Kamelot’s Thomas Youngblood discusses the evolution of a bona-fide Florida metal institution and the guitar strategies that challenge his audience

Kamelot's Thomas Youngblood
(Image credit: Tim Tronckoe)

Across 35 years of music-making with Kamelot, founder Thomas Youngblood has learned that guitar style comes from your hands, not your hardware. 

Even so, when the power metal veteran is reached by Guitar World to talk up The Awakening – Kamelot’s first studio full-length in five years – he’s excited to report that by the time the act head out on their U.S. summer tour, he should be ripping out the record’s choicest riffs on a brand-new electric guitar, courtesy of ESP.

“I’m using ESP Eclipses for the most part, [but] they’re making me another custom, a Horizon. I’m going to be able to have a few more frets for the live show than I’ve had with the Eclipses,” he says, noting how the bespoke neck-through will additionally be scalloped from the 12th fret up, and sport a flatter neck profile than a stock Horizon. “I just figure that if I’m going to have those extra frets, I’ll be able to bite down a little harder on those higher notes [due to the scalloping]. It’ll be easier to play.”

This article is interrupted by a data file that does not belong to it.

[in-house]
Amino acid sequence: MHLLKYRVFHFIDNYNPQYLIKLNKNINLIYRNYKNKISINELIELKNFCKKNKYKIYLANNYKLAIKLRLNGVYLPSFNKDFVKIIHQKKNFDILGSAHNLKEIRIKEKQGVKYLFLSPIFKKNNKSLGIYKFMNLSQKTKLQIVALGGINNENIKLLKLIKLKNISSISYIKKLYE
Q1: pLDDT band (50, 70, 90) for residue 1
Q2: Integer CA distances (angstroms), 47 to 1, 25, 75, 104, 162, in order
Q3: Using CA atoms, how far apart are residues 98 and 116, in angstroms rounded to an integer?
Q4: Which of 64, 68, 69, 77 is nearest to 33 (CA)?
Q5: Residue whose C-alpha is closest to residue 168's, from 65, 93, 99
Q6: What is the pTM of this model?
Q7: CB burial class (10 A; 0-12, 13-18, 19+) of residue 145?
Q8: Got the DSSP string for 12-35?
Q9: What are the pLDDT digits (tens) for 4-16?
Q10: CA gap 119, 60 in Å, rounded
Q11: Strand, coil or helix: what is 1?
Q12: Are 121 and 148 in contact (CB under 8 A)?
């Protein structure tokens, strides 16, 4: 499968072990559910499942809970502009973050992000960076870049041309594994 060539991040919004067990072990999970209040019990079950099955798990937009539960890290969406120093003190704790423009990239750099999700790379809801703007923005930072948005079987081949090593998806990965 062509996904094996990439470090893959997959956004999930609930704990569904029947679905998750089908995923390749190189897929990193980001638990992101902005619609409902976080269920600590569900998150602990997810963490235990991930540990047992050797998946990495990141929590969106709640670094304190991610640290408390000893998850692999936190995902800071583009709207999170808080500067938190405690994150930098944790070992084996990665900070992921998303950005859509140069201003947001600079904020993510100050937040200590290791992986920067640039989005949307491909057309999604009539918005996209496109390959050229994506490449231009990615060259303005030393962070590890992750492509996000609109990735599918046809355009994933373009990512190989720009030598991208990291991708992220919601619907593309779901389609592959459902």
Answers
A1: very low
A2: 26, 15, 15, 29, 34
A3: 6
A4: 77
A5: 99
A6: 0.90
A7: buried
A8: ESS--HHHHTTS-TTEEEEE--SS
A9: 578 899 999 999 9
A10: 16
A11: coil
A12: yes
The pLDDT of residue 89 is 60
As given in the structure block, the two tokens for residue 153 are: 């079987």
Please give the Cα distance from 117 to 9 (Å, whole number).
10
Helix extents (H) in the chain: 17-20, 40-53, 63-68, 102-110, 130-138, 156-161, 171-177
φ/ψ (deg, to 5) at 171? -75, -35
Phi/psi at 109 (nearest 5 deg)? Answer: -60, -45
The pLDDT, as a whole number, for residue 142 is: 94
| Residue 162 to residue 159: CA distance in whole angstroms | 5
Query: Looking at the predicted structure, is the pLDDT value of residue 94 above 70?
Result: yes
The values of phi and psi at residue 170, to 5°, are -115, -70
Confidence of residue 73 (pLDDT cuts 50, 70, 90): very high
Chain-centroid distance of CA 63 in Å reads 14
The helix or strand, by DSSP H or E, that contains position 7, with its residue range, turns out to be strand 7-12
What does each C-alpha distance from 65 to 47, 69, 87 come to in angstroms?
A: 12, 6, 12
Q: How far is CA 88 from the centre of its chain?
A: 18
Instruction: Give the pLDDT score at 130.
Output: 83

That’s not to say Kamelot’s path to The Awakening was similarly streamlined. The logistical challenges of recording through the pandemic, for instance, pushed the album’s planned 2020 due date well into 2023. But the delay likewise pushed Youngblood to reconsider the way he integrated with the lush and symphonic backdrop of Kamelot. 

He notes that he structured solos differently, bringing a new age flair to the wide vibrato of first single One More Flag in the Ground; he cedes shred duties to guest cellist Tina Guo on Opus of the Night (Ghost Requiem); and he explores a percussively progressive heaviness via the compound judding of the album’s intense My Pantheon (Forevermore).

“We always want to put a song on there that challenges the listener to enjoy something a little bit heavier, with some dark vocals,” Youngblood says of the latter growl-imbued track, adding, “It’s super-heavy, and it’s even got some black metal elements, but the solo is pretty melodic – it’s not shredding.”

While Youngblood’s certainly got chops, he’s happier to serve the song alongside his bandmates, making Kamelot a true round-table endeavor. “I really never go into any of these things trying to be a guitar hero,” he says, adding with a smidge of guitar-based glory, “but I think there’s definitely some cool stuff [on the album].”

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Gregory Adams

Gregory Adams is a Vancouver-based arts reporter. From metal legends to emerging pop icons to the best of the basement circuit, he’s interviewed musicians across countless genres for nearly two decades, most recently with Guitar World, Bass Player, Revolver, and more – as well as through his independent newsletter, Gut Feeling. This all still blows his mind. He’s a guitar player, generally bouncing hardcore riffs off his ’52 Tele reissue and a dinged-up SG.